Since its inception in the 1980s, the Collaborative Law movement has spread rapidly to most of the United States, Europe, Canada and Australia. Over 22,000 lawyers worldwide have been trained in Collaborative Law and England and Wales has seen more than 1,250 lawyers trained since the 2003 launch, encouraged by both the judiciary and Resolution – the speciailst family lawyers’ organisation (previously known as the SFLA – Solicitors Family Law Association).
Supreme Court Justice Lord Kerr of Tonaghmore became the first member of the Supreme Court to publicly endorse Collaborative Law in a 2009 address to London family lawyers. Supreme Court Justice Lord Wilson of Culworth also reaffirmed his commitment to Collaborative Law and other Family Dispute Resolution Services in a more recent address on 29 November 2011.
National Collaborative Law organisations have also been established in other jurisdictions including Austria, the Czech Republic, France, Germany, Hong Kong, Kenya, New Zealand, Northern Ireland, the Republic of Ireland, Scotland, Switzerland and Uganda.
Resolution has assumed responsibility for the training and accreditation of all collaborative professionals in England and Wales. A growing number of English family lawyers join a local practice group called a ‘pod’ upon completion of their Collaborative Law training. This group will meet together with collaboratively trained members of other professions on a monthly basis to discuss practice issues. This collaboration will enable these professionals to improve effectiveness when working together on cases.
Our collaborative lawyers are all active members of the Salisbury Collaborative law pod.
Collaborative law enables couples who have decided to separate or end their marriage to work with their lawyers and other professionals in order to obtain a settlement which best meets the specific needs of both parties and their children outside of Court and without contested litigation.
Collaborative law is a voluntary process initiated when a couple signs a ‘Participation Agreement’, a contract legally binding them to the process and disqualifying their respective lawyers’ right to represent either in any future family-related litigation.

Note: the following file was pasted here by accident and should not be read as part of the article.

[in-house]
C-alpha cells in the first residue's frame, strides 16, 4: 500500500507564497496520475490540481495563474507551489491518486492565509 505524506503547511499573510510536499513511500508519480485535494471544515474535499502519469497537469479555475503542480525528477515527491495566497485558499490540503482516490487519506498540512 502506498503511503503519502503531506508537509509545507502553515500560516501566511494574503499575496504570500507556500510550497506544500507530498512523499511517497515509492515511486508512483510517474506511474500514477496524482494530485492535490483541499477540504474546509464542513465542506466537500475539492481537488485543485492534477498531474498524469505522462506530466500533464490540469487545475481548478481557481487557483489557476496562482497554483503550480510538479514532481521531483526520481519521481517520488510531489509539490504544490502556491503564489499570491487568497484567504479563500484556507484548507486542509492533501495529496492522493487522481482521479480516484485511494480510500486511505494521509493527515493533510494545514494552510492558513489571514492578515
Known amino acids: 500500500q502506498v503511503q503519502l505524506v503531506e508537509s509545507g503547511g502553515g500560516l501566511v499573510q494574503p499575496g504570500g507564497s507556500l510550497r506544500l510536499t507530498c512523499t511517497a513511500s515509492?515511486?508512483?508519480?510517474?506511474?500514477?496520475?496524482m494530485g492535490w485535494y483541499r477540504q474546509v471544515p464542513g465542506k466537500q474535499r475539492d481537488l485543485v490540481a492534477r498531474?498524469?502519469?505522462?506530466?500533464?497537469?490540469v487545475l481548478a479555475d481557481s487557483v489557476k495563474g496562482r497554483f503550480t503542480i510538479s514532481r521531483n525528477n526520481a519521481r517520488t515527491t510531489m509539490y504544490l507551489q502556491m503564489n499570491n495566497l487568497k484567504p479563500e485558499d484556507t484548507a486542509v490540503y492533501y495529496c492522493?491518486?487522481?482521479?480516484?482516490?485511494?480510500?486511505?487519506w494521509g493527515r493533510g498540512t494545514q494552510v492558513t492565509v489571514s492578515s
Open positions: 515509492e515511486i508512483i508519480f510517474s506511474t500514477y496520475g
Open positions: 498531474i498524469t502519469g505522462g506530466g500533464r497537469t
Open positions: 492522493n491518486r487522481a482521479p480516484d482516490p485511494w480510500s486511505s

The parties and their collaborative lawyers agree that:
• all concerned will behave courteously and in good faith
• each party will freely disclose all pertinent information and not conceal any facts
• if the settlement process fails, the original lawyers must withdraw and the parties select new lawyers
• neither party will take advantage of mistakes by the other side
• the content matter of the settlement meetings remains confidential
Collaborative law can also be used to facilitate other family issues, such as disputes between parents and the drawing up of pre and post-marital contracts. In the case of the former, many couples prefer to embark on married life by drawing up documents consensually.
Since both lawyers would lose their clients if an agreement was not reached, it is in their interests to encourage them to cooperate and find solutions that honour the concerns of both parties. Other advantages are that it encourages mutual respect, provides for open communication, utilises a problem-solving approach and prepares individuals for their new lives.
We are absolutely committed to the whole concept of both family mediation and collaborative law. For those people who take a balanced view and you’re looking to secure a fair and sensible outcome for all concerned, we think that both mediation and collaborative law are the way forward – and we have no doubt that both approaches are going to increase in popularity as more and more people become aware of them.
That’s why were absolutely delighted that another member of our team has now become fully qualified as a collaborative lawyer. Kate Scammell, who is based in our Andover office [but who is also available to see clients both in Amesbury, Northampton, Milton Keynes and Rugby], is a specialist family and divorce lawyer and what’s more, we’ve got plans for her to qualify shortly as a family mediator as well.